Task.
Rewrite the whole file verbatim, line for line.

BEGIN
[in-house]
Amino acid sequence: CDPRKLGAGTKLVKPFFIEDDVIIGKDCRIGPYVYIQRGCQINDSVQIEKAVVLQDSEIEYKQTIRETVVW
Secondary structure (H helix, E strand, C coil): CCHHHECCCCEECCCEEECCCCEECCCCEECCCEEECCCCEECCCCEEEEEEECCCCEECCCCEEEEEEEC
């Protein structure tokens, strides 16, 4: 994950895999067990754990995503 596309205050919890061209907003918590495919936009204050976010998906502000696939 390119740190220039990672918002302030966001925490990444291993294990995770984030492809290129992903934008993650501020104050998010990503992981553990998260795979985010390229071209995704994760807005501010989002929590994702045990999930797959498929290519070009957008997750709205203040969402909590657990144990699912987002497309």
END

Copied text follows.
[in-house]
Amino acid sequence: CDPRKLGAGTKLVKPFFIEDDVIIGKDCRIGPYVYIQRGCQINDSVQIEKAVVLQDSEIEYKQTIRETVVW
Secondary structure (H helix, E strand, C coil): CCHHHECCCCEECCCEEECCCCEECCCCEECCCEEECCCCEECCCCEEEEEEECCCCEECCCCEEEEEEEC
């Protein structure tokens, strides 16, 4: 994950895999067990754990995503 596309205050919890061209907003918590495919936009204050976010998906502000696939 390119740190220039990672918002302030966001925490990444291993294990995770984030492809290129992903934008993650501020104050998010990503992981553990998260795979985010390229071209995704994760807005501010989002929590994702045990999930797959498929290519070009957008997750709205203040969402909590657990144990699912987002497309």